2 dead as protests around Iran enter 4th week

SULIMANIYAH, Iraq –

Anti-government protests erupted in multiple locations across Iran on Saturday as the most sustained protests in years against a deeply entrenched theocracy entered their fourth week. At least two people were killed.

The marchers chanted anti-government slogans and twirled scarves in a sign of rejection of coercive religious dress codes. In some areas, traders closed their shops in response to a call from activists for a trade strike or to protect their goods from damage.

The protests erupted on September 17, after the burial of 22-year-old Mahsa Amini, a Kurdish woman who died in the custody of Iran’s fearsome morality police. Amini had been detained for an alleged violation of strict Islamic dress codes for women. Since then, protests have spread across the country and been met with a fierce crackdown, in which dozens of people have reportedly been killed and hundreds arrested.

In the town of Sanandaj in the Kurdish-majority northern region, a man was shot dead on Saturday as he drove a car down a main thoroughfare, rights monitors said. The France-based Kurdistan Human Rights Network and the Hengaw Organization for Human Rights said the man was shot after he honked his horn at security forces stationed in the street. The horn has become one of the ways activists express civil disobedience. Video circulating online showed the slain man slumped over the steering wheel, as distraught witnesses cried out for help.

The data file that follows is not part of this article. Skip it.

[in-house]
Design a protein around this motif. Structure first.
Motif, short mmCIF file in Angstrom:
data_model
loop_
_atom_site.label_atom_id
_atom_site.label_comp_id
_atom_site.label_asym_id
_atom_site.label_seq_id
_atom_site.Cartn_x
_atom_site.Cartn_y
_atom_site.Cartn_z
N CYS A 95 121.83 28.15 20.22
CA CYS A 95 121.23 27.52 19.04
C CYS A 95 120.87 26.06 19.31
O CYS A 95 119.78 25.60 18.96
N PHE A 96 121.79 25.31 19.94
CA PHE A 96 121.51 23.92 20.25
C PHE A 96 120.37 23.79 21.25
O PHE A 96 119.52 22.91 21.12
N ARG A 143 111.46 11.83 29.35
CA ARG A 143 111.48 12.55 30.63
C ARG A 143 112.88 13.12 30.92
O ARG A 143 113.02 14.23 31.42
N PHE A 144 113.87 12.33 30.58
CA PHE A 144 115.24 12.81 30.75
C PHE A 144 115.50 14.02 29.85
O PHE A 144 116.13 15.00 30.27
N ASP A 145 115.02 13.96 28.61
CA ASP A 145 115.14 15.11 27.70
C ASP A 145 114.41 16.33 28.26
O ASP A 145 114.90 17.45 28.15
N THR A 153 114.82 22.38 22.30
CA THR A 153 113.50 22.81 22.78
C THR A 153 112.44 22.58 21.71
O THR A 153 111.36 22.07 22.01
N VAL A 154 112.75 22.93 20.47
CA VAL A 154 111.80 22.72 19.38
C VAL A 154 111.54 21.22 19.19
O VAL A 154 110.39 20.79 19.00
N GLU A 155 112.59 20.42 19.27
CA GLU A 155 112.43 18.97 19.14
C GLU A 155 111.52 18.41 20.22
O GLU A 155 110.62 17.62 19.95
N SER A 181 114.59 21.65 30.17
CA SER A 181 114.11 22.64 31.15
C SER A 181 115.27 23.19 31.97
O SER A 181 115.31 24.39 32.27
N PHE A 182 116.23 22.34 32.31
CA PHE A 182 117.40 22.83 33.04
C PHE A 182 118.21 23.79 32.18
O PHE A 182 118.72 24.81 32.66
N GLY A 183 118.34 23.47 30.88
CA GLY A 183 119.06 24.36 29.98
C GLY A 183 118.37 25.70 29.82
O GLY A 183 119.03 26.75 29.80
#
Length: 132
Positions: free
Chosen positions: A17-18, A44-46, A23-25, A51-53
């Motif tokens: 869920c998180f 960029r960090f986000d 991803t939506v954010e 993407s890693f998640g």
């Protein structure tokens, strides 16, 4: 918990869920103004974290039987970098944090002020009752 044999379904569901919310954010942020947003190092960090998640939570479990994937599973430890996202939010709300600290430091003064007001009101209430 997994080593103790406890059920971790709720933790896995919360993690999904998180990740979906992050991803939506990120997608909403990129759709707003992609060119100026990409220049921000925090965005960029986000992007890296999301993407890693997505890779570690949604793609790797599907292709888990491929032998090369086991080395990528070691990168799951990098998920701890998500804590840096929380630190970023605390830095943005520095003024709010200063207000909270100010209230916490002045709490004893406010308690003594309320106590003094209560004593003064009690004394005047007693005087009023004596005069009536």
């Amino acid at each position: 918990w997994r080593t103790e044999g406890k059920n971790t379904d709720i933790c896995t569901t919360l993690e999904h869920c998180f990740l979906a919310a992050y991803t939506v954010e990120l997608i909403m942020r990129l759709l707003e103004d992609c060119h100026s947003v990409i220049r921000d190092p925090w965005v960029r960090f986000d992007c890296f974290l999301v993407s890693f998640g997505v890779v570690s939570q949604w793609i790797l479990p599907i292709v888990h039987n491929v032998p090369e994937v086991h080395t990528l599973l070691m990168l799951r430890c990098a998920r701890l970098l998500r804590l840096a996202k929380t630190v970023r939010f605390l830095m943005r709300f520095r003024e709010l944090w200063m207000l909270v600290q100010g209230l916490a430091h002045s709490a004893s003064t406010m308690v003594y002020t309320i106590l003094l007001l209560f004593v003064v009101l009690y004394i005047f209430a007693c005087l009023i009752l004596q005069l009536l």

The semi-official Fars news agency, seen as close to the elite paramilitary force, the Islamic Revolutionary Guards, said Kurdistan’s police chief denied reports of live ammunition being used against protesters.

Fars claimed that residents of Pasdaran Street in Sanandaj said the victim was shot from inside the car without giving details. But photos of the dead man indicate he was shot from his left side, which means he probably wasn’t shot from inside the car. Blood can be seen dripping inside the driver’s side door.

A second protester was killed after security forces fired shots to disperse crowds in the city and 10 protesters were injured, rights monitors said.

A general strike was observed in the main streets of the city amid a heavy security presence and protesters burned tires in some areas. Patrols deterred mass gatherings in Sanandaj, but isolated protests continued in densely populated areas of the city.

Protests were also reported in the capital Tehran on Saturday, including small ones near the Sharif University of Technology, one of Iran’s main centers of learning and the scene of a violent government crackdown last weekend. . Authorities have closed the campus until further notice.

Social media footage showed protests also took place in the northeastern city of Mashhad.

Other protests broke out at Azad University, in northern Tehran, in other areas of the capital and in the city’s bazaar. Many stores were closed in central Tehran and near Tehran University.

President Ebrahim Raisi, in a meeting with female students from the all-female Al-Zahra University in Tehran, again alleged that foreign enemies were responsible for fomenting the protests. He made the request without giving details or providing evidence.

“The enemy thought that he could pursue his desires in the universities without knowing that our students and our professors were aware of this and that they would not allow the vain plans of the enemy to be carried out,” he said. declared.

Meanwhile, thousands of people in The Hague, Netherlands, chanted and sang during a solidarity demonstration in support of protesters in Iran.

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